ASSOCIATION OF EUROPEAN  JOURNALISTS

UNITED KINGDOM SECTION

The AEJ is active across Europe. Please visit www.aej.org and check AEJ Newsletters to see what it is doing for its members

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Latest News

AEJ protest against Azerbaijan arrest: The AEJ has called for the immediate and unconditional release of Khadija Ismailova (see right-hand column). A broadcaster with Radio Free Europe, she faces charges of inciting suicide and posting a report on blackmail by the secret service on social media. She was committed to two months' pre-trial detention. (5 December 2014)

Paris Conference: The AEJ took part in an all-day conference in Paris on 4 December on media freedom and the security of journalists. William Horsley presented his Report on Protection of Media Freedom in Europe. It brings the report he prepared in June up to date. The CoE agreement on an early warning system (below) was finalised and details of the online platform announced. See Conference programme (4 December 2014)

Early warning system on attacks against journalists: The AEJ is to be one of four partners of the Council of Europe in setting up a website to act as an alert for all forms of attack on the media. It will go live in the first quarter of 2015. The proposed rapid response mechanism has yet to be agreed. See www.aej.org. (28 November 2014)

2014 AEJ Congress at Neusiedl: The AEJ's 52nd annual congress and assembly was held on 16-19 October in Neusiedl in Austria's Burgenland. Otmar Lahodynsky, European editor of profil, was elected as AEJ President.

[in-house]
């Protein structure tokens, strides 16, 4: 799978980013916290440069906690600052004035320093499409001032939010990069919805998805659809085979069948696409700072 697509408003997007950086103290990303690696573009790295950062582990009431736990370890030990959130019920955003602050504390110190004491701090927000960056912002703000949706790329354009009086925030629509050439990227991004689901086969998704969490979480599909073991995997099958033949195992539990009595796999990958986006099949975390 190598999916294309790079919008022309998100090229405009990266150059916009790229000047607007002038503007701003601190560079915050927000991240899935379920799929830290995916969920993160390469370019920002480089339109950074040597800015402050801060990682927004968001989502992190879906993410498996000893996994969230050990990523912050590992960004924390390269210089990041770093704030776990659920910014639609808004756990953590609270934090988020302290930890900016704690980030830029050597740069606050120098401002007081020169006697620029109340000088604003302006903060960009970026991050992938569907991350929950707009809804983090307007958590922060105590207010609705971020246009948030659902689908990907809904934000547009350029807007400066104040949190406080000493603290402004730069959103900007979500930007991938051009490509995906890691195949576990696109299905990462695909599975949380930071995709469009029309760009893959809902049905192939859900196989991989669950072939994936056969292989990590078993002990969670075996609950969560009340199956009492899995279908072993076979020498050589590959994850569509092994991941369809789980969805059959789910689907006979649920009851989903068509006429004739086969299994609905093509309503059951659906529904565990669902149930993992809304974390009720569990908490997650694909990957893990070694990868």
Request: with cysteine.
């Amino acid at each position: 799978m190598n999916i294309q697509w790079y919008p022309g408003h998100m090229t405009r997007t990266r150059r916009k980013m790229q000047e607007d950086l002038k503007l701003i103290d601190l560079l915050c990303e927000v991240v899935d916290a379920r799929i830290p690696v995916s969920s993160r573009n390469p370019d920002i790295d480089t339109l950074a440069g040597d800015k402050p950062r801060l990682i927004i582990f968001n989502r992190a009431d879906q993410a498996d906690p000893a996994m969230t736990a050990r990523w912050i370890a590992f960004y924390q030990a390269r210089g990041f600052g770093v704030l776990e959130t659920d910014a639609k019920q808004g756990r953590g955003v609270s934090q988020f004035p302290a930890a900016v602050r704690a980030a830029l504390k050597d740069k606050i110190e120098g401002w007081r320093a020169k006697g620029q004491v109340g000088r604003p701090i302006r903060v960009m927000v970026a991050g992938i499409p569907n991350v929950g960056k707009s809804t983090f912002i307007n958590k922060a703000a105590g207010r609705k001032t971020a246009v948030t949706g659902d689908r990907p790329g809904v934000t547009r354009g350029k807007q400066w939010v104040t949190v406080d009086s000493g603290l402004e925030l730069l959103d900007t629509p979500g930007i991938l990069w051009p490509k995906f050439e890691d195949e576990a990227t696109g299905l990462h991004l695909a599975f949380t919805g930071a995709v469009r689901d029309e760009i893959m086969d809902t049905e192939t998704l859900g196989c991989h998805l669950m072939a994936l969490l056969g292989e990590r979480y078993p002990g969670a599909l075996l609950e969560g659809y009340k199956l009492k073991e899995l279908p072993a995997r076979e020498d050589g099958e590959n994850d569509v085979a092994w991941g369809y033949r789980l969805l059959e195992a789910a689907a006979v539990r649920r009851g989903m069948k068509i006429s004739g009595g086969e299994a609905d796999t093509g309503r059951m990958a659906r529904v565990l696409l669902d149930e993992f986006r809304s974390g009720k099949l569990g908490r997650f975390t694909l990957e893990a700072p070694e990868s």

Foreign Minister Sebastian Kurz sent a letter of welcome and the congress was opened by Laszló Nagy's account of events in 1989 that eventually led to the fall of the Berlin Wall.

One debate was devoted to EU foreign and security policy, and the other to the wrongs done to journalists and the impunity of their persecutors. A resolution was adopted exhorting Europe's governments, the Council of Europe, EU and OSCE to take the necessary action. See also Firdevs Robinson's report, Europe and Media Freedom. (17 October 2014)

Anna Politkovskaya: The AEJ across Europe marked the eighth anniversary of Anna's murder by calling on Russia to investigate the crime effectively, bring all those responsible for the killing to justice, remove barriers to journalists and ensure safe working conditions for them. (7 October 2014)

Council of Europe: William Horsley presented his in-depth report on the protection of media freedom to the Council of Europe Parliamentary Assembly on 4 August. It records all violent attacks and official harassment in the last two years. It was first presented in Strasbourg in June 2014. (10 August 2014).

Don Hatwell: With much sadness we have to announce that Don, a great friend of many in the section and its former secretary, died on 29 July at the age of 88. After a lifetime in newspapers, he published his autobiography in 2012 and a collection of his reviews and other writings as recently as February (see AEJ in the UK). See Obituaries for a tribute by Kevin d'Arcy. (30 July 2014).

Olli Kivinen: Olli Kivinen, once foreign editor of Helsingin Sanomat and still a distinguished contributor, died on 20 July. He spent the years 1965-70 as the paper's London correspondent. An active member of the AEJ's Finnish Section, he was a forceful defender of press freedom (25 July 2014).

Defamation: A report by the International Press Institute reveals that most European countries still punish defamation as a crime. Only Cyprus, Estonia, Ireland, Macedonia, Montenegro, Romania and the UK have fully decriminalised it, although it is no longer punishable by imprisonment in four. Insulting the symbols of statehood is still punishable in 20 countries and public officials are accorded special protection in 14 (17 July 2014).

Andrew Mango: With great sadness we announce the death on 6 July of Andrew Mango, AEJ member and distinguished scholar on modern Turkey. Nevsal Hughes has written his obituary for this website, Jonathan Fryer for the Guardian and Firdevs Robinson for Firdevs Talks Turkey (8 July 2014).


Latest Briefings

A selection of writings with an AEJ connection

Firdevs Robinson's writing is now accessible on FirdevsTalkTurkey.com